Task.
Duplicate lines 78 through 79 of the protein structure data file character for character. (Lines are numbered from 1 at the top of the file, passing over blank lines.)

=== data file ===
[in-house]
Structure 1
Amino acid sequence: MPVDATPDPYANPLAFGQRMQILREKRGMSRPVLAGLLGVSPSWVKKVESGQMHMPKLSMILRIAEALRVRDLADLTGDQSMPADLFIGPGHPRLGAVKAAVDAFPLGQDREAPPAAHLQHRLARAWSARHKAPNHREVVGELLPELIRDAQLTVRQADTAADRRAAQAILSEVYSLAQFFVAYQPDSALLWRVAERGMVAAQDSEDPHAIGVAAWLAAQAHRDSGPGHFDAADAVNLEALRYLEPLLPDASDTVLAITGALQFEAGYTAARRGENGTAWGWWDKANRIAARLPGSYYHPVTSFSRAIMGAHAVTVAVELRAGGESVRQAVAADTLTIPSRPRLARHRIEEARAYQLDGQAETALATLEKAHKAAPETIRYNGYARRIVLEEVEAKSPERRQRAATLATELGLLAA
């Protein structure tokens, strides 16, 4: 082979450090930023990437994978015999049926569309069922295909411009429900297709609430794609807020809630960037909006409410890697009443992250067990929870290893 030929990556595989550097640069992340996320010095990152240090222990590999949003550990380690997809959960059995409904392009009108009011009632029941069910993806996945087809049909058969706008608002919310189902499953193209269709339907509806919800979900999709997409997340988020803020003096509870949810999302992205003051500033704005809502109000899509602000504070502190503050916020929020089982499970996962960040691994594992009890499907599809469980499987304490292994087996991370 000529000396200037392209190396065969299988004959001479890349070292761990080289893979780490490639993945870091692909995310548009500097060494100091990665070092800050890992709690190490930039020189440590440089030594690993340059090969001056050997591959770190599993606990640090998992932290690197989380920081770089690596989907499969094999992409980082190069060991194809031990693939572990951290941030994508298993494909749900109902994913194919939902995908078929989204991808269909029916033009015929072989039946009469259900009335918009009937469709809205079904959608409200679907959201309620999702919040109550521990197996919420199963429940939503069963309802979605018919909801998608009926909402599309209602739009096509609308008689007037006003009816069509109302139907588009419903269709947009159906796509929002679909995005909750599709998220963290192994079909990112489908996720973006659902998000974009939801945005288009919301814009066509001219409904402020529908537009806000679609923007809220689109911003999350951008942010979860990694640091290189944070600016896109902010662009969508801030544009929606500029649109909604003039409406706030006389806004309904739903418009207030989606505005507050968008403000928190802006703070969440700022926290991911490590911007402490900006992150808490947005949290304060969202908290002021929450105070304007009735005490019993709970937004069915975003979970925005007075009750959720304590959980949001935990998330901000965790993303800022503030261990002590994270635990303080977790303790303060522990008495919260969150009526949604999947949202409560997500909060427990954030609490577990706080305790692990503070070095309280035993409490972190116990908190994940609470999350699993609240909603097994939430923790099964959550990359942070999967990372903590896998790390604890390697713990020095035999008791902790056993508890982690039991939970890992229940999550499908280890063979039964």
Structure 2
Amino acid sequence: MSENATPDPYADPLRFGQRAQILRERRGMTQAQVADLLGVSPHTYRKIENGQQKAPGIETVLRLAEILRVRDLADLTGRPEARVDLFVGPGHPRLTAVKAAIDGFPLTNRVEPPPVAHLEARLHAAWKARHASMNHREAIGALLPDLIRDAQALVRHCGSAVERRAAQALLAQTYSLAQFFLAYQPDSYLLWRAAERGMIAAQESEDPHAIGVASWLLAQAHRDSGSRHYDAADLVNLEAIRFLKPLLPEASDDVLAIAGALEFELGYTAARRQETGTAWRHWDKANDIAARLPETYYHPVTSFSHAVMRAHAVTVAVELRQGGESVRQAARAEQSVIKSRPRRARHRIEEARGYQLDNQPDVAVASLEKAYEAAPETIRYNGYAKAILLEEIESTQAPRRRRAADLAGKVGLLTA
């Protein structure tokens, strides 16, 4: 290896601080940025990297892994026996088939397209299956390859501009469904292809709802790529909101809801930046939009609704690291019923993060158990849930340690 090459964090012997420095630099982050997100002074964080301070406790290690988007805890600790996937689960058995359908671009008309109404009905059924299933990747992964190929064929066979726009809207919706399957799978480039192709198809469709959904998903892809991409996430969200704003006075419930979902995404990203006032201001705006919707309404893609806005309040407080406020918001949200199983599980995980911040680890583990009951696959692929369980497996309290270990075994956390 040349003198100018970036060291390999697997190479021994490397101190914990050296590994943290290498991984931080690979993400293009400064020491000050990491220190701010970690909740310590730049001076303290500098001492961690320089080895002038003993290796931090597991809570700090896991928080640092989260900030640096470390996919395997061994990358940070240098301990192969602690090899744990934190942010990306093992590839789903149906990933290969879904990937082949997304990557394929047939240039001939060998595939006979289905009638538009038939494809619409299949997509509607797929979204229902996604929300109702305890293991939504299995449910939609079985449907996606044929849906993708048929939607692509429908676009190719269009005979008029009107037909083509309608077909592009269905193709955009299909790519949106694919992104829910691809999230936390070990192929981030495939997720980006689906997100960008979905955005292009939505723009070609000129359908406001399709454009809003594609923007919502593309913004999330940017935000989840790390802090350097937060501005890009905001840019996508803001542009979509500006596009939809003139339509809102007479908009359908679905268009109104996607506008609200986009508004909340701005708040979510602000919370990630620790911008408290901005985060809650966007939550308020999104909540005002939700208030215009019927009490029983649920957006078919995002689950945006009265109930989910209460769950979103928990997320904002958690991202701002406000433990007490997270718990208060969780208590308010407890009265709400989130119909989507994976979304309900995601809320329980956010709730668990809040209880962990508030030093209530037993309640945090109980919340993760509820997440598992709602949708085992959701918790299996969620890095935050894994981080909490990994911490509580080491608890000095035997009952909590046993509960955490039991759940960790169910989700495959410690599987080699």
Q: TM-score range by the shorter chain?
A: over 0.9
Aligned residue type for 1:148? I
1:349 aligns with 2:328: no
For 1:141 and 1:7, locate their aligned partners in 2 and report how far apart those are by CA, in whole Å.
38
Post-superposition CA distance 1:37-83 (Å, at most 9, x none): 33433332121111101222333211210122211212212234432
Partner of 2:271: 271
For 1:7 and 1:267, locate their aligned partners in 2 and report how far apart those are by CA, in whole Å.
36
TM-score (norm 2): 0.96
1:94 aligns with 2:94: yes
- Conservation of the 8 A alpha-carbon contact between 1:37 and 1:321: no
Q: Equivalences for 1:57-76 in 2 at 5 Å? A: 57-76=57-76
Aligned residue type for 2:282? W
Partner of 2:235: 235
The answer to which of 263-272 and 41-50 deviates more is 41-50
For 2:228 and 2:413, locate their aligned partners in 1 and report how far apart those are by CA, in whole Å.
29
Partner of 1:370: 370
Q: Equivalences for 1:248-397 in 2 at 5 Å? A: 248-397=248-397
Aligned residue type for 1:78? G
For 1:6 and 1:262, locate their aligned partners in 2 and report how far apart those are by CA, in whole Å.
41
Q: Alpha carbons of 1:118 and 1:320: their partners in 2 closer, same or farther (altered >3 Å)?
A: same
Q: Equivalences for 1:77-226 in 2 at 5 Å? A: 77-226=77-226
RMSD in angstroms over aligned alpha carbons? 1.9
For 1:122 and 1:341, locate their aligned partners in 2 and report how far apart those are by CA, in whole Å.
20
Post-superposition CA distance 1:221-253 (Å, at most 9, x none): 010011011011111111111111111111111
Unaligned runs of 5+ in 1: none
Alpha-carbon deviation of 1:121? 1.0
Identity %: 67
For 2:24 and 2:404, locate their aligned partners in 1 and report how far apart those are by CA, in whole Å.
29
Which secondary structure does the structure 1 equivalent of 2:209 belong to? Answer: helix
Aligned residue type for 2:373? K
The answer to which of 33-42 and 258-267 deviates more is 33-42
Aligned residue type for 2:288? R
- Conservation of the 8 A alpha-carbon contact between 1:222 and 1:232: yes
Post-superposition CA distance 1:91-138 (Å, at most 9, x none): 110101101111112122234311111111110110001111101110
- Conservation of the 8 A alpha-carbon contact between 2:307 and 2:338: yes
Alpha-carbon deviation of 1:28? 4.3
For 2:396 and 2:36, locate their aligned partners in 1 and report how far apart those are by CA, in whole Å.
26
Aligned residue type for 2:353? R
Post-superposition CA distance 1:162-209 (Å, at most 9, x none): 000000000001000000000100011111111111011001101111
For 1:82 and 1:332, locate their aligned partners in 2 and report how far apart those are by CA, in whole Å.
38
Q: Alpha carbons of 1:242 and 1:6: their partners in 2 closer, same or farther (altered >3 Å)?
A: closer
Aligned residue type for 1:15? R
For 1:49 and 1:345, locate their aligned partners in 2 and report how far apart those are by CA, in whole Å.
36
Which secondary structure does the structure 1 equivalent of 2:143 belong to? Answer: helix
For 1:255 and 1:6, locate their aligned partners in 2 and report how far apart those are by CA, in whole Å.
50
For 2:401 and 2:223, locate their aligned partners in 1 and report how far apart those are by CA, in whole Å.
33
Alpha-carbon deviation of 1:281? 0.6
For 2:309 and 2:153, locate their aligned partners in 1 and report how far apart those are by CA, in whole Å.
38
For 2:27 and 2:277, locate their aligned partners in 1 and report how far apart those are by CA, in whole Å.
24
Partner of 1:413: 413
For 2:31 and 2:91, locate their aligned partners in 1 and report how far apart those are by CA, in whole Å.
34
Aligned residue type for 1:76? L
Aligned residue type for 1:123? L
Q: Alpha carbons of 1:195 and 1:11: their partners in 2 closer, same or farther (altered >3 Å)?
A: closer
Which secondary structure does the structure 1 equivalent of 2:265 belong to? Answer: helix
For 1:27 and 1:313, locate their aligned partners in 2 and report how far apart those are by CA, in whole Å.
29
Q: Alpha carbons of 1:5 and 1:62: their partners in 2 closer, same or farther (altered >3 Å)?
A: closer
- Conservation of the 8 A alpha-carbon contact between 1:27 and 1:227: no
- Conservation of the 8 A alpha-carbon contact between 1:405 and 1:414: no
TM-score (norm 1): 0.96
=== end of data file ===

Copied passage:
Q: Alpha carbons of 1:195 and 1:11: their partners in 2 closer, same or farther (altered >3 Å)?
A: closer